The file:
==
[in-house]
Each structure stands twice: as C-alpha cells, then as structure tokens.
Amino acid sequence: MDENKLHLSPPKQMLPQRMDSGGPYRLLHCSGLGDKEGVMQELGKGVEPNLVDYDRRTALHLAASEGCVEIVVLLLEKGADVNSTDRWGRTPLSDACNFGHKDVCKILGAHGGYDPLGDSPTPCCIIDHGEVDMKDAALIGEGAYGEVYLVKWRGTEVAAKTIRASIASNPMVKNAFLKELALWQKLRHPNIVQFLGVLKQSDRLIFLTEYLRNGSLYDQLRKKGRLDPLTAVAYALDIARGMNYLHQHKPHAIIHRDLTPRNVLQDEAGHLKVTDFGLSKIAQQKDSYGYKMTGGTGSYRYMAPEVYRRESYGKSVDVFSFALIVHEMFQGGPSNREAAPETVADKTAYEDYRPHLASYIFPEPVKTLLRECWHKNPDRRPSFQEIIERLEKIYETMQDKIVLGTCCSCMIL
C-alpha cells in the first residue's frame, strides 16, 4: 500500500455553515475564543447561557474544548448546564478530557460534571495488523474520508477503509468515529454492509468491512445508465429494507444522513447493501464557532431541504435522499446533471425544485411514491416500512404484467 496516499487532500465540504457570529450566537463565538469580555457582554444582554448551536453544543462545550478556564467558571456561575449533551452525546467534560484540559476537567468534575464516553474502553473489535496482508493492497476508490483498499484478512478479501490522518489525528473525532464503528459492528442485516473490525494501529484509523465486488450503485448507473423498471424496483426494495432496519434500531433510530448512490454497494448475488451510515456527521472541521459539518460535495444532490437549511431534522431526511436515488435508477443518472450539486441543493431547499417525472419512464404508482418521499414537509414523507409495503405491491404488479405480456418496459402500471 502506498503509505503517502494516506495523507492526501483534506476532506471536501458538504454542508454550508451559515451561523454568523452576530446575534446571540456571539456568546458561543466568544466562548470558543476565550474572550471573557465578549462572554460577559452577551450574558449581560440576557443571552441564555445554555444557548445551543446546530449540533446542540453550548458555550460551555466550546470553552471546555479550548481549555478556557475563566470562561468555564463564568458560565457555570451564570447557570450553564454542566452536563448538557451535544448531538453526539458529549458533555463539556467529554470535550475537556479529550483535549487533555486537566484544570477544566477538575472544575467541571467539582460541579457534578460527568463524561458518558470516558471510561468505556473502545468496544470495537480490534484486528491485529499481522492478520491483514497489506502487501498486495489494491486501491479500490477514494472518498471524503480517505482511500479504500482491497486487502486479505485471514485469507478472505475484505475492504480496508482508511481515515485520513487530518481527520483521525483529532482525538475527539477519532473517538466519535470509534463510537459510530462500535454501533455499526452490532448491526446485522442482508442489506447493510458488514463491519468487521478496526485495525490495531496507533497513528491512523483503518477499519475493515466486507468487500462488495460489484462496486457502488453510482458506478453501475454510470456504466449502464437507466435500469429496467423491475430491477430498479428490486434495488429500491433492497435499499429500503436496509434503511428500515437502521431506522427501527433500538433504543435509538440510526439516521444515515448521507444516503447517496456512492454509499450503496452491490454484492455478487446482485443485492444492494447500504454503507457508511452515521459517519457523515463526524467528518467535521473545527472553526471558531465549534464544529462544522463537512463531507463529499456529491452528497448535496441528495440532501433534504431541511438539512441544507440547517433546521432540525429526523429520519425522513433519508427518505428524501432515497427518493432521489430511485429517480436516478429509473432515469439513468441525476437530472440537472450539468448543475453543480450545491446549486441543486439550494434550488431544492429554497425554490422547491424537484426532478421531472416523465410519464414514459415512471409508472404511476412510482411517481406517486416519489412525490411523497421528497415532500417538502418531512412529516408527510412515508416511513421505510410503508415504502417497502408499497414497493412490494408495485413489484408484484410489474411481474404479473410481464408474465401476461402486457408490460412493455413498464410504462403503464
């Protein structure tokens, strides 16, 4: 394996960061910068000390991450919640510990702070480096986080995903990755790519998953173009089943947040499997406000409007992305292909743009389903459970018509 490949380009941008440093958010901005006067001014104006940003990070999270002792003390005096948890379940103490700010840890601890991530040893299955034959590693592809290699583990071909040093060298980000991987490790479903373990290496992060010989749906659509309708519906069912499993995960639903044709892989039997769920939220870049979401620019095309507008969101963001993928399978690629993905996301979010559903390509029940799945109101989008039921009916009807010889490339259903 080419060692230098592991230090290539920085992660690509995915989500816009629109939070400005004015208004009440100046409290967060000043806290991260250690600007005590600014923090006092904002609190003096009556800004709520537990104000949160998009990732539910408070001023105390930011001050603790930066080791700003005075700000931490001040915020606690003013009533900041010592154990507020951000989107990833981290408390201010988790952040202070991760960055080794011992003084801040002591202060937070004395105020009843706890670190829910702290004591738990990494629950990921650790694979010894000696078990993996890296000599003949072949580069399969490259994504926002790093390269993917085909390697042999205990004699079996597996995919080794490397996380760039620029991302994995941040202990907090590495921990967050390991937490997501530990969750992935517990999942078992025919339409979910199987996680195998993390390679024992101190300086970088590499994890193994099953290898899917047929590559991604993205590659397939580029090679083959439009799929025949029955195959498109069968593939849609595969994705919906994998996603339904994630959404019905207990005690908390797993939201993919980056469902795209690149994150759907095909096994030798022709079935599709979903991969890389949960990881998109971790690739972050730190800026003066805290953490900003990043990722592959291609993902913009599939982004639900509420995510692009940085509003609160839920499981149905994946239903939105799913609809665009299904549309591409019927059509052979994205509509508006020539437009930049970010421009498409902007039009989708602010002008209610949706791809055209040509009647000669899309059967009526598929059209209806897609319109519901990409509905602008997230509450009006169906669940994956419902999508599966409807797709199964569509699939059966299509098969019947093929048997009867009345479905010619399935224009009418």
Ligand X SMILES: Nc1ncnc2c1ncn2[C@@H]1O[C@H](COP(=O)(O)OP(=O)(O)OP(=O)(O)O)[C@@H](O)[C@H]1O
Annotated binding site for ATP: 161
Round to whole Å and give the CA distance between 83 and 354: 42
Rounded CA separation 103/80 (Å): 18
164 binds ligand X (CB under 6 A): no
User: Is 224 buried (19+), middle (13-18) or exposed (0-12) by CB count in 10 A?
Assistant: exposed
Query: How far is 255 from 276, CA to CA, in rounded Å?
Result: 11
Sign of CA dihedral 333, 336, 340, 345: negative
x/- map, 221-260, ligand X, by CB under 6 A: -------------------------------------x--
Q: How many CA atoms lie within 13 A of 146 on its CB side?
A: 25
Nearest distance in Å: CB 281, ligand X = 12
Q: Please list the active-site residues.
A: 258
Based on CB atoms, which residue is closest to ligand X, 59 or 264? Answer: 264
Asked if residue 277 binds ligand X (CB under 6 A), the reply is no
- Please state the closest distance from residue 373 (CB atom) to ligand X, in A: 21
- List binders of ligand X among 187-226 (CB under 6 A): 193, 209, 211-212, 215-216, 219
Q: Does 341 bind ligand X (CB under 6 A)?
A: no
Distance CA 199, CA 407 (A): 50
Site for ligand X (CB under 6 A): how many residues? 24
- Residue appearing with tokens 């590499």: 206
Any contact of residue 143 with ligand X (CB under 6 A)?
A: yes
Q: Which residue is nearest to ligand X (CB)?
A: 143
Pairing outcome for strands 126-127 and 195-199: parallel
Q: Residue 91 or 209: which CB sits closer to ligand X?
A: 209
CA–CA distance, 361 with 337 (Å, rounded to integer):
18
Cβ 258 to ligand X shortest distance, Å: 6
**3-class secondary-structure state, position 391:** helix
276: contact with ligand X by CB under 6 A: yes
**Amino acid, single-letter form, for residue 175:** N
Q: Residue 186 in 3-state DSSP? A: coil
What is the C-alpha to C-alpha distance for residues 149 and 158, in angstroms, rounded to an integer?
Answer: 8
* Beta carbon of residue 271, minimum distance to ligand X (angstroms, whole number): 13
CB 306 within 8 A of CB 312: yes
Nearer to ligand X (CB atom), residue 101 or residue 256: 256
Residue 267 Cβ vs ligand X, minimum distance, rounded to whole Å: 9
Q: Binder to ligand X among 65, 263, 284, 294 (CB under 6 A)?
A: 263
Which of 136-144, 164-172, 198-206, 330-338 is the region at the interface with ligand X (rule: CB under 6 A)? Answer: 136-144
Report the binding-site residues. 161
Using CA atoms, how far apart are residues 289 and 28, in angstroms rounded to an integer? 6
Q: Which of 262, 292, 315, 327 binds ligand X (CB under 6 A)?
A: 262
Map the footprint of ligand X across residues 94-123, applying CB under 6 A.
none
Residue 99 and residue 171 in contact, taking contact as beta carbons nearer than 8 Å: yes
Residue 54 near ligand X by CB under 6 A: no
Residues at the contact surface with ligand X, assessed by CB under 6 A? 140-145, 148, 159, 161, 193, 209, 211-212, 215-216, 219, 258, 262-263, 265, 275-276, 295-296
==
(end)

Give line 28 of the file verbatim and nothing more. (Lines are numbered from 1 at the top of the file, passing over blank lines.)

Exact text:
Distance CA 199, CA 407 (A): 50